Buckeye Texas Partners LLC‘s 50,000 b/d condensate splitter facility has entered commercial service under a long-term take-or-pay tolling agreement. It is part of the first phase of an expansion at the South Texas facilities. A liquid petroleum gas (LPG) refrigerated storage facility was recently completed as well. In addition to the splitter capabilities, the facilities will offer five marine docks, more than 6 million bbl of petroleum storage capacity with rail and truck loading/unloading capability and three field gathering facilities with pipeline connectivity to the condensate splitters and docks. All aspects of this expansion are fully contracted under long-term agreements with Trafigura Trading LLC, Buckeye said (see Shale Daily, Sept. 3, 2014). “The completion of these splitting units further bolsters our South Texas assets as a leading export hub on the Gulf Coast, with the ability to aggregate, store, process and distribute many different petroleum products,” said Buckeye CEO Clark Smith.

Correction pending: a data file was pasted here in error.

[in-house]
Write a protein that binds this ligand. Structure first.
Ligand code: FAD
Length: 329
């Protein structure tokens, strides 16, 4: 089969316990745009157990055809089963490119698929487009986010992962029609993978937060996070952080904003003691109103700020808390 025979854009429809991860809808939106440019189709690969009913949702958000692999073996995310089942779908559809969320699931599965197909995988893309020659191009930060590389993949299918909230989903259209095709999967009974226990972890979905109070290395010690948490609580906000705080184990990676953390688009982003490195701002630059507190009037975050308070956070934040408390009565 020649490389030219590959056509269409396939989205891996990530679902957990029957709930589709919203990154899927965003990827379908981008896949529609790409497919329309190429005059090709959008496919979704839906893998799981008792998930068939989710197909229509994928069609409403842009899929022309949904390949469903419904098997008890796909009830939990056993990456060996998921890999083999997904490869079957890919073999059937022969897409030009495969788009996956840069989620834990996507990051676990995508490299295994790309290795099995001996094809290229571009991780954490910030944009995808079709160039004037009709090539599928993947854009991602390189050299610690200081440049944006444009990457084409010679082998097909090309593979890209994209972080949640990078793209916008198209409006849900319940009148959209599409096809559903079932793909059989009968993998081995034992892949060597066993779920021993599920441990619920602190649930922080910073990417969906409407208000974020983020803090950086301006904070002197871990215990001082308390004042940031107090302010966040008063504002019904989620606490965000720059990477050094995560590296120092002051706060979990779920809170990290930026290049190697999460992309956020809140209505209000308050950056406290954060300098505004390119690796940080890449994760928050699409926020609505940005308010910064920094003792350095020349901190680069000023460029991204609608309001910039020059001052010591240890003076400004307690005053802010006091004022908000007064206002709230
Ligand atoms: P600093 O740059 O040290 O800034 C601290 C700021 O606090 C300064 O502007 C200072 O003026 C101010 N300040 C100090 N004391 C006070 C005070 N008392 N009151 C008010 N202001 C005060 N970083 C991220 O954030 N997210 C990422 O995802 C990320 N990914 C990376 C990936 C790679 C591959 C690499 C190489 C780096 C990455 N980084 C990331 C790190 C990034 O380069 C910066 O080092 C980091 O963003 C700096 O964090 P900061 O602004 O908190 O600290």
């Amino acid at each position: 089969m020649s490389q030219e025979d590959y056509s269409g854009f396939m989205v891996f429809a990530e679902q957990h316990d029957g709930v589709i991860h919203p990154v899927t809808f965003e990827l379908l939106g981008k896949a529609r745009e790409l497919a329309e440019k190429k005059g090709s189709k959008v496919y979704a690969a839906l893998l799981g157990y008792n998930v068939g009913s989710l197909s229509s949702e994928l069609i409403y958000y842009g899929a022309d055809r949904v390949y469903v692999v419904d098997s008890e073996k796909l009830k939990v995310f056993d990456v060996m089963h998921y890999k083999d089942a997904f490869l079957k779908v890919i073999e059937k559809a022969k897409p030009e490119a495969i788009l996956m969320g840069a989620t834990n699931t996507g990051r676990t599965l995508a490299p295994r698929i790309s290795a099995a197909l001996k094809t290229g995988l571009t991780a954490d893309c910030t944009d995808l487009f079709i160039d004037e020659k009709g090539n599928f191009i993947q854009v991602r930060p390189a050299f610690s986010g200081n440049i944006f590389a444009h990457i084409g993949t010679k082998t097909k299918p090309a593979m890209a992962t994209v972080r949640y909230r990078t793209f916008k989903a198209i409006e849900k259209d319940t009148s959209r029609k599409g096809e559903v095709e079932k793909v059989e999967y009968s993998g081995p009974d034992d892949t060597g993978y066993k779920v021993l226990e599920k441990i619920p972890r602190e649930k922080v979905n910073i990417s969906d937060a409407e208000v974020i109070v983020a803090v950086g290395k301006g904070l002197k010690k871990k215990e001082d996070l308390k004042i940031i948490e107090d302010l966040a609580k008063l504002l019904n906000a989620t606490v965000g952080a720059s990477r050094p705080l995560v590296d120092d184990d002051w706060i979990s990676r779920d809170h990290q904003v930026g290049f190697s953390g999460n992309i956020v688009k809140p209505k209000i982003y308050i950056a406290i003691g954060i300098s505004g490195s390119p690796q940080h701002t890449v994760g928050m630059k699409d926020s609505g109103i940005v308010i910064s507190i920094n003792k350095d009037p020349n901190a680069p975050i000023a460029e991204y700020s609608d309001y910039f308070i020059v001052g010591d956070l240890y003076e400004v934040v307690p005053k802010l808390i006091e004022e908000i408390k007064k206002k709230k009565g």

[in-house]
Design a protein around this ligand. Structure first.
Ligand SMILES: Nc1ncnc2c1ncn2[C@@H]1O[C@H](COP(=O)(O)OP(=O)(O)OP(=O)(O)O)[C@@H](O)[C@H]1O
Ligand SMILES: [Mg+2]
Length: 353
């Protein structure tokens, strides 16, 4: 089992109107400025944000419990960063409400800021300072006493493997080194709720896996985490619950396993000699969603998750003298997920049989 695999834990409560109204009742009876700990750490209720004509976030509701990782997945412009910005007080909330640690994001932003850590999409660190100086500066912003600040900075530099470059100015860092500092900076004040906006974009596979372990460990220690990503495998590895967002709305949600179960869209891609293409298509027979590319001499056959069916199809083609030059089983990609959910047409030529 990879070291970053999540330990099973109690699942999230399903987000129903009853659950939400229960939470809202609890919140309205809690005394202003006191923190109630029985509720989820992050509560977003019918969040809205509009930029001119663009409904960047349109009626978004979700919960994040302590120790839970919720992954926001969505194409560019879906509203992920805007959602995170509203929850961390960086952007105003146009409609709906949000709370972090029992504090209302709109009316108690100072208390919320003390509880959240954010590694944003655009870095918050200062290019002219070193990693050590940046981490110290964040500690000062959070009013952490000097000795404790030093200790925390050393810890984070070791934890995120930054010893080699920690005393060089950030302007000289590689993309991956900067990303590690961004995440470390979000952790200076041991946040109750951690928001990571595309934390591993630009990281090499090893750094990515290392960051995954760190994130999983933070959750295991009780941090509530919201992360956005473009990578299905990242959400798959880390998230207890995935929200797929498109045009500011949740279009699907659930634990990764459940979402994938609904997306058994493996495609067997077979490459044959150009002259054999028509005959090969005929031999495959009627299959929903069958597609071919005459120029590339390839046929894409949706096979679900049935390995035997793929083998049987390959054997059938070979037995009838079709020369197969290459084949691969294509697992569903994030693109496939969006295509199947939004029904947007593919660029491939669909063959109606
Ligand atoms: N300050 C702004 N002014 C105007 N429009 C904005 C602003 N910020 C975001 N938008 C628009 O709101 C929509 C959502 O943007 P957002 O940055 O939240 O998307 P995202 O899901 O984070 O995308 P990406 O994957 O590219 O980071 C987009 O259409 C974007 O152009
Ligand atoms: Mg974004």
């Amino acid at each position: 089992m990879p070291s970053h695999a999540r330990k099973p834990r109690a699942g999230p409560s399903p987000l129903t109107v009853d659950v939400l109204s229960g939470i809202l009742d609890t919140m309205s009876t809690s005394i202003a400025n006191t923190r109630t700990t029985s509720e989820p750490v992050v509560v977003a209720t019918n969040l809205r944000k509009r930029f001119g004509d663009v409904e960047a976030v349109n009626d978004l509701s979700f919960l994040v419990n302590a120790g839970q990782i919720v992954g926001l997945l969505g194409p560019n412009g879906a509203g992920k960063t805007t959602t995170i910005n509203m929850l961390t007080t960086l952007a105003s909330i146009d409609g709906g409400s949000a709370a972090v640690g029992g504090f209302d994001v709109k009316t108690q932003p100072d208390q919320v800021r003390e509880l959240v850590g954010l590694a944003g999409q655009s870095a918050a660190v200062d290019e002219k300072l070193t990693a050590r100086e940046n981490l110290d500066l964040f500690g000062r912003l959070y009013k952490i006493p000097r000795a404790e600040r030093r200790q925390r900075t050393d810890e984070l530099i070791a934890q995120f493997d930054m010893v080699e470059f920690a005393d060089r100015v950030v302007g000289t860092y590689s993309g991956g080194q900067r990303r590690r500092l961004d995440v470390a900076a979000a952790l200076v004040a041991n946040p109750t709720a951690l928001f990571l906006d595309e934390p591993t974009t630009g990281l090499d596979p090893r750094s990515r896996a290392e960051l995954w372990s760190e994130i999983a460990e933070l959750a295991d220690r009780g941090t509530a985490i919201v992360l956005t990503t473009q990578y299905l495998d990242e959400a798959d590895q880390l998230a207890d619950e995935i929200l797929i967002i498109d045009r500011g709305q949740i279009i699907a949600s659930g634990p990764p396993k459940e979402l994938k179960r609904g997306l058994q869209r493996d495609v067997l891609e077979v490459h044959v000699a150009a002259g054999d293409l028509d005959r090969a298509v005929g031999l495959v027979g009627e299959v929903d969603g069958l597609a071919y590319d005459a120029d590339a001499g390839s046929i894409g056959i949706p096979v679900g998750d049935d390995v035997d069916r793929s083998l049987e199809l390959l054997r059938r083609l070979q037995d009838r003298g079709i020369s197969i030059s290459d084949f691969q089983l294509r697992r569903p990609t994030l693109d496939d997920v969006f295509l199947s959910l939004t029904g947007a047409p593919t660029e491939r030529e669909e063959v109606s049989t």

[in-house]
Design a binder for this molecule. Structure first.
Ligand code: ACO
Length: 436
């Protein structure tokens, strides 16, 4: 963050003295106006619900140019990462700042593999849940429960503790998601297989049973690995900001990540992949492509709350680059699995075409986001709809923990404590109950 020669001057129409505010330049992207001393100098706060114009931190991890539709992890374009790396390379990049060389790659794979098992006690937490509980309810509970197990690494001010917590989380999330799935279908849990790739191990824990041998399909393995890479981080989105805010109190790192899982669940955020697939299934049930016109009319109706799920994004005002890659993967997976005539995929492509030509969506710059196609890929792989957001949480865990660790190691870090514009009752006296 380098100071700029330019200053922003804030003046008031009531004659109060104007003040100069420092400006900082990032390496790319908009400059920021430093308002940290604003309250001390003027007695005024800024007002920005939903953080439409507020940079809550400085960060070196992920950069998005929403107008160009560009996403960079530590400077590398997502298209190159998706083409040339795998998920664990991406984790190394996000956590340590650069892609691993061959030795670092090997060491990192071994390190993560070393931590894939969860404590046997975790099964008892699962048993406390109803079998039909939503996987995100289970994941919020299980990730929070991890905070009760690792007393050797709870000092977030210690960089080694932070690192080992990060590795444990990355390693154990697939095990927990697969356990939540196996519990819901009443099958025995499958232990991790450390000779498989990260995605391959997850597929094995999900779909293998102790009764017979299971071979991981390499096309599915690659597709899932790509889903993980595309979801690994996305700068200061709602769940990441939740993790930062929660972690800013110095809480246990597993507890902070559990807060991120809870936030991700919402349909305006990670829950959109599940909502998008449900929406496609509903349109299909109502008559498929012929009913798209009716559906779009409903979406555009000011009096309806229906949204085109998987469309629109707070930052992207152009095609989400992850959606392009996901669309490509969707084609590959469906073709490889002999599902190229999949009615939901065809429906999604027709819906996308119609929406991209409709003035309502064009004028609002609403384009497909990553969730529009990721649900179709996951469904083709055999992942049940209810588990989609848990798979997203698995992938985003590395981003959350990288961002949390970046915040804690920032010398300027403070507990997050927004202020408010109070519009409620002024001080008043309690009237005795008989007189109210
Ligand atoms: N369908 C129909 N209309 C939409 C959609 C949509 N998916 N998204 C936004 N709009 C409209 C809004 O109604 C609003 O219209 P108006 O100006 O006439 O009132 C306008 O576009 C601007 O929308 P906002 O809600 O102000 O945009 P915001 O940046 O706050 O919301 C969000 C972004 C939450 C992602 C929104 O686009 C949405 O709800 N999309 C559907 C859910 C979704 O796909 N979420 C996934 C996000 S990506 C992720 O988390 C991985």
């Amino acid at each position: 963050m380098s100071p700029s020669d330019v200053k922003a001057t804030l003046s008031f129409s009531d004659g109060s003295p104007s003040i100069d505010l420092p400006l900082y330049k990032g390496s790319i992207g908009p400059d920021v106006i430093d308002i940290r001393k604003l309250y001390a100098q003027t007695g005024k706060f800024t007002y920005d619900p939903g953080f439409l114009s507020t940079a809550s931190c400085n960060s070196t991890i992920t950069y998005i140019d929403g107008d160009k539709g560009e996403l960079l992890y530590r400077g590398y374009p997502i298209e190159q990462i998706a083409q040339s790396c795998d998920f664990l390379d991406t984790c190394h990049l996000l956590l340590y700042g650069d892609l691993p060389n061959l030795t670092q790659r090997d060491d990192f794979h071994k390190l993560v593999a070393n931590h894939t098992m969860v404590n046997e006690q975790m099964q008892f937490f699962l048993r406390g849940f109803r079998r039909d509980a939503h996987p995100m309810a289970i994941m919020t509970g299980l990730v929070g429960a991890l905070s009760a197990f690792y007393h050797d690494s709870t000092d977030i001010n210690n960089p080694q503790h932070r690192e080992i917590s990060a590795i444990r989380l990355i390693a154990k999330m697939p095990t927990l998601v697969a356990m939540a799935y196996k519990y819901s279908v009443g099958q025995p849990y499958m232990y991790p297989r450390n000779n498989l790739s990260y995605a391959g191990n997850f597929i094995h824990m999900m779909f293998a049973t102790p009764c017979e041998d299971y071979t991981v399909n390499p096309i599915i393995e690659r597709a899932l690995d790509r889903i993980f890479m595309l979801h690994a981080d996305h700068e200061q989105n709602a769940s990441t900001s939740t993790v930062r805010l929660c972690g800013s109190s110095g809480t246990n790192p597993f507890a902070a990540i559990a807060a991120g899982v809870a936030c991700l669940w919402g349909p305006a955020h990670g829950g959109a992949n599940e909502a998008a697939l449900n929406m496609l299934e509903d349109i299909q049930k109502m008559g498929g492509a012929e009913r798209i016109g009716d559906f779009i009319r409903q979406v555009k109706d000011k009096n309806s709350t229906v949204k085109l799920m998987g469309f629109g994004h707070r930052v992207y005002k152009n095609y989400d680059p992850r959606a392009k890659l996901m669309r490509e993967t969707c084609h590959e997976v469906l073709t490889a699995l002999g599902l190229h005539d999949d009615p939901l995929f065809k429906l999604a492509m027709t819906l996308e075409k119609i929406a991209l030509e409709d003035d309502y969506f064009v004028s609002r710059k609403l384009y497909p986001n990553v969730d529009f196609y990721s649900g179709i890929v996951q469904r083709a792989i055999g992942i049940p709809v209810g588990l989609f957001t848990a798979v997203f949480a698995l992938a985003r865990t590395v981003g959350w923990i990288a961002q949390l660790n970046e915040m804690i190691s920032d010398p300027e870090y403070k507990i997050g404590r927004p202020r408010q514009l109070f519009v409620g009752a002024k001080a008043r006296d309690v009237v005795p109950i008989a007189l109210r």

An opponent of Denver-based Inflection Energy LLC’s plans to drill for natural gas in Lycoming County, PA, has lost her court battle to stop development, failing to post a nearly $6 million bond that a common pleas court judge had ordered for the case to advance. Laura Capel, a resident living near a proposed Inflection site, had filed an appeal with the court challenging a conditional use permit issued by Loyalsock Township to drill in a residential-agricultural zone. Like other drilling opponents across the state, Capel had argued that residential-agricultural districts are not suitable for industrial operations, although they blanket much of the state. The common pleas court last month ordered Capel to pay a $5.69 million bond, saying her appeal was frivolous (see Shale Daily, Nov. 20). Capel and her attorney did not pay the bond by last week’s deadline. The outcome was another victory for Inflection, which recently faced a similar challenge in nearby Fairfield Township. A state appellate court upheld the company’s conditional use permit for a residential-agricultural district in that case and overturned a lower court’s ruling against it (see Shale Daily, Sept. 15).